“The network of people involved with us is growing on its own. We have an evergreen programme of constant outreach to build that network out, based on where the yacht traffic is going. Our efforts are focused on where most of the yacht traffic is, if these are areas that could possibly need some help, as well as mainstream places too.
“Putting together a first response to a disaster effort is where the time consuming part comes in, it’s an all hands on, crazy, emotional time for us.”
Mark’s passion for YachtAid Global knows no bounds. He self-funded the charity for 11 years both personally and through C2C, adding: “We never wanted to get stuck for the sake of a few thousand dollars so I would write the cheque and make it happen.
“In the last three years, the fundraising mechanism has kicked in and is stable so my personal financial support of YAG has stopped. Donations come in from the yachting community and the public and we create specific projects for our YAG clients based on what they want to do, with proposals put in front of owners or family offices detailing exactly what is involved.”
With so many potential causes to support, it can be a tough call to pinpoint exactly where aid should be directed and a key criterion is whether the location is frequented by superyachts.
“If not, we have to then look at how we can add value by not being there or having people on the ground,” adds Mark. “Sometimes making intros and stepping aside is a huge benefit to people in getting things done. What guides us is providing the right aid for the right people at the right time. If one of those pillars is not in place, the project is doomed to failure.”
This decision-making matrix has been a winner thus far; since 2006, more than 250 yachts have been involved in 175 projects across 25 countries but it was only six years ago that YAG’s disaster relief programme for Cyclone Pam in Vanuatu, an archipelago of over 80 islands in the South Pacific, really put the charity on the map.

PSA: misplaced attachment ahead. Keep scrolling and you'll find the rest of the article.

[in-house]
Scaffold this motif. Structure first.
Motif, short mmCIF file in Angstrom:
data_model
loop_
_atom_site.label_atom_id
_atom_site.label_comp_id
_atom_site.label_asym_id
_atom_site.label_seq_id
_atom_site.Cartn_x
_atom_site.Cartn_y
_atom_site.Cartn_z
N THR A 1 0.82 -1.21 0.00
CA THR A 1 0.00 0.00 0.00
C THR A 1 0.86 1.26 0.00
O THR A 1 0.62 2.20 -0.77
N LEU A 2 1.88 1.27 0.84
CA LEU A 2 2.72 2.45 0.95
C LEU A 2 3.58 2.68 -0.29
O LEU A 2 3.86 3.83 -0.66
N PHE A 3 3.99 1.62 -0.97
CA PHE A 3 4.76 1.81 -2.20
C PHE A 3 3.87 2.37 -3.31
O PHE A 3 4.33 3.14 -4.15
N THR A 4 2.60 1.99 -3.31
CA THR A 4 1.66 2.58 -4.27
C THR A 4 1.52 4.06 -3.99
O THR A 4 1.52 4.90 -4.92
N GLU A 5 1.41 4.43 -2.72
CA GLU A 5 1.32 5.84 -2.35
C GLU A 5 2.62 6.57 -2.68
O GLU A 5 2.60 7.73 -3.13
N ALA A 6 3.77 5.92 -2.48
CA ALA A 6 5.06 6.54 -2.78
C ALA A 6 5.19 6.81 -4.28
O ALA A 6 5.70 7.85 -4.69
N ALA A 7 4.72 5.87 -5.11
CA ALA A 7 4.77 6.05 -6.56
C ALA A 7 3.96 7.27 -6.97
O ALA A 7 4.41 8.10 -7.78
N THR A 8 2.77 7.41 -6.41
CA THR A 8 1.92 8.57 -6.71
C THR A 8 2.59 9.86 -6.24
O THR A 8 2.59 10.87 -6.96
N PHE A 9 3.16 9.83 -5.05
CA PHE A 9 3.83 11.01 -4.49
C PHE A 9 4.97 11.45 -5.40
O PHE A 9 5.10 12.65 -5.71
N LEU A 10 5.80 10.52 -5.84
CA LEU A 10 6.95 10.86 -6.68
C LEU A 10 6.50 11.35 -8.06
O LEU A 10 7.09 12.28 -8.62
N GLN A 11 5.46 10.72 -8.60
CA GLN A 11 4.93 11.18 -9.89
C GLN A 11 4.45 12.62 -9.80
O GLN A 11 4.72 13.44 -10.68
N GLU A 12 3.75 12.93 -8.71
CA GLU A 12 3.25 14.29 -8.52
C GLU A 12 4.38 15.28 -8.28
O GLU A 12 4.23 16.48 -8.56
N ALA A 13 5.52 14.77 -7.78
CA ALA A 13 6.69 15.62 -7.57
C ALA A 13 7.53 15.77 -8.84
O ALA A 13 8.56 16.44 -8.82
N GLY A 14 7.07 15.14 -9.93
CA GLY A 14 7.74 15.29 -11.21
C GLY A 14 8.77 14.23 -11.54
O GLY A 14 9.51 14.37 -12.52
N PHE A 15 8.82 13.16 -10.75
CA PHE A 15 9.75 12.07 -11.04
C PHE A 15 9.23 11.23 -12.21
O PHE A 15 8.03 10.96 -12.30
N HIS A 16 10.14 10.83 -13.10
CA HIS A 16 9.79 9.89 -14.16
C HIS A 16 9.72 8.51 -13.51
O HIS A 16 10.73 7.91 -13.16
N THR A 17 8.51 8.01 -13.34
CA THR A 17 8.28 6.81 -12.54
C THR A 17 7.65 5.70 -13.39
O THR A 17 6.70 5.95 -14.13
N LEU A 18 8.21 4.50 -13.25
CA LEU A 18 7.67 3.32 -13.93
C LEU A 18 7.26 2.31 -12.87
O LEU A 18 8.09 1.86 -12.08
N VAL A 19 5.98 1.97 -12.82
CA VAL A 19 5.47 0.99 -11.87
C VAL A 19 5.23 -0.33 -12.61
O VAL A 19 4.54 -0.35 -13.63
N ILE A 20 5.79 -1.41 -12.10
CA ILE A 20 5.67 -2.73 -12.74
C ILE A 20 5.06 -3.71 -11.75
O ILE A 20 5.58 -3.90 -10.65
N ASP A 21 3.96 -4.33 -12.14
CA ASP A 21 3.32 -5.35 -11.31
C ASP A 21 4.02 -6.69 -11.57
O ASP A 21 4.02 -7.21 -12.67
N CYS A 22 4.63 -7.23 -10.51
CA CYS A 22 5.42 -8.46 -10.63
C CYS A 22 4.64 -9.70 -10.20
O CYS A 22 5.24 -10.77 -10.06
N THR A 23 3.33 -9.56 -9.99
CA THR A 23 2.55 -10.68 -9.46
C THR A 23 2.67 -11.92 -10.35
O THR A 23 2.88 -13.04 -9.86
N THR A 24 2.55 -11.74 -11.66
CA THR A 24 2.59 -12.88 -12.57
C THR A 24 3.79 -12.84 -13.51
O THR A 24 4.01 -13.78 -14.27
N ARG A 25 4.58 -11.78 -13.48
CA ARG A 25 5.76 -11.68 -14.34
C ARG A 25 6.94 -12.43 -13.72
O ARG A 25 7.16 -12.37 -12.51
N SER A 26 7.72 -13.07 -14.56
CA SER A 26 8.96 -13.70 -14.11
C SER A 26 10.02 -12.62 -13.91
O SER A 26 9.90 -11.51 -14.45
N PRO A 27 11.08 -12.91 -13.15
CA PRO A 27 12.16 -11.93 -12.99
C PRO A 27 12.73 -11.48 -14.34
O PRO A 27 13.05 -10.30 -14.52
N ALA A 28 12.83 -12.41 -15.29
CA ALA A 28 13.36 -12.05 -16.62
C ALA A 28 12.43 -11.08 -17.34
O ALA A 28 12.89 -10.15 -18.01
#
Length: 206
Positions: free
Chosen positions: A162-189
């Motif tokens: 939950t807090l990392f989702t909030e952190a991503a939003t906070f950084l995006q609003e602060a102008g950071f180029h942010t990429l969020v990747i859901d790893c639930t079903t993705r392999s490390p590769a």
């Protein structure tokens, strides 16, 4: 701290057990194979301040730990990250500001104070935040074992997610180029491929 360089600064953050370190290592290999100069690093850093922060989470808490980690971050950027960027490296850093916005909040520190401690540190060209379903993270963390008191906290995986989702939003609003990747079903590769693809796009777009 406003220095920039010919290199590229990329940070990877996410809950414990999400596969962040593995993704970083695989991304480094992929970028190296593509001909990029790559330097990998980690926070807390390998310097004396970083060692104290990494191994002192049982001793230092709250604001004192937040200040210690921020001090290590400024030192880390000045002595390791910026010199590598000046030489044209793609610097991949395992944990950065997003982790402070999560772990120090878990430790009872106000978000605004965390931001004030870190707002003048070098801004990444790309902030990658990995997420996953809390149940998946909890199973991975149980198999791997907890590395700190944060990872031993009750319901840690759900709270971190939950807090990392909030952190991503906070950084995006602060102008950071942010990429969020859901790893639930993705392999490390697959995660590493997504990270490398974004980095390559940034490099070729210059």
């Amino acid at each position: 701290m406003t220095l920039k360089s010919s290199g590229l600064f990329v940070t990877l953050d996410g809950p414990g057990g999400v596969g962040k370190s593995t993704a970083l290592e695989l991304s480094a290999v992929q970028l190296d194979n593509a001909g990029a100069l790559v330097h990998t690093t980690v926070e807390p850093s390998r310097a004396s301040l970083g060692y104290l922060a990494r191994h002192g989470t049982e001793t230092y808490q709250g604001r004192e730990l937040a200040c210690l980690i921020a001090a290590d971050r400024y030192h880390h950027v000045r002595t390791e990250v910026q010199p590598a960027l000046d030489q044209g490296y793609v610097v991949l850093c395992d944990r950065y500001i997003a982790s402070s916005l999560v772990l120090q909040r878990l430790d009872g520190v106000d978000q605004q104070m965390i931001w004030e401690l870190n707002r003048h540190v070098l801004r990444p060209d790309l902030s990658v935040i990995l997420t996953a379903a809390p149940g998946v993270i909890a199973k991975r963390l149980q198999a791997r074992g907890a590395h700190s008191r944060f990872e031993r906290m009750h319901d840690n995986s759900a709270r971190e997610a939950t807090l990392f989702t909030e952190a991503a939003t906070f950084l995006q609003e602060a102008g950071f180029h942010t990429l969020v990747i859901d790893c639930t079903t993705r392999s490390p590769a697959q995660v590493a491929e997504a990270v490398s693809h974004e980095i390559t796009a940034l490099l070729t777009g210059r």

“A big turning point happened when MY Dragonfly asked us what they could do to help,” says Mark. “At the time, we weren’t really known by the UN or disaster management in Fiji and it was a huge undertaking to get the authorities to understand our capabilities.
“That programme was publicised and brought attention to the fact that superyachts could be used for disaster relief. It was a significant milestone in helping us develop long term relationships in Vanuatu which still continue today.”
With multiple other ongoing projects including operations Jade in Central America, Beagle in the Galapagos, and Viti in Fiji, a couple of success stories stand out. Operation Quartz in Porto Escondido in Mexico provides filtered drinking water to thousands of people daily and Operation Topaz in The Bahamas is a long-term project to repair damage caused by Hurricane Dorian. YAG’s latest renovation work includes completion of a school playground.
It’s a natural human desire to want to help someone in crisis yet many might think that the average yacht owner is too busy with their own demanding lives to worry. In Mark’s experience, however, this could not be further from the truth. “There are always obstacles and challenges, from changing schedules to weather issues to things breaking, but they always want to do more,” he says.
“Owners realise that they have an obligation to help those in the communities they visit. As an industry, we have an obligation to care and give back to the people that give us their land, their sea and their spirit.
“The biggest impact we can make is through education. If we can educate kids to grow up understanding the importance of humanitarian issues and conservation, that’s the key. When kids tell their parents what to do, that works.”
Mark’s can-do attitude extends to his downtime too, and he surprised himself in recent years by becoming a champion bodysurfer. “I’ve been bodysurfing since I was five, I’m competitive but I only entered my first competition in 2016 in Brazil,” he recalls with a laugh.
“I was the old guy, the grandpa, but I finished in fourth place! The following year, I entered the World Bodysurfing Championships in the US and won my age division as a dark horse.
“I’m in the water every morning catching waves, it’s the only time I’m unplugged. I’m now in with the chance of winning the California BodySurf Tour, where I’m ranked third and am competing against kids young enough to be my grandkids!”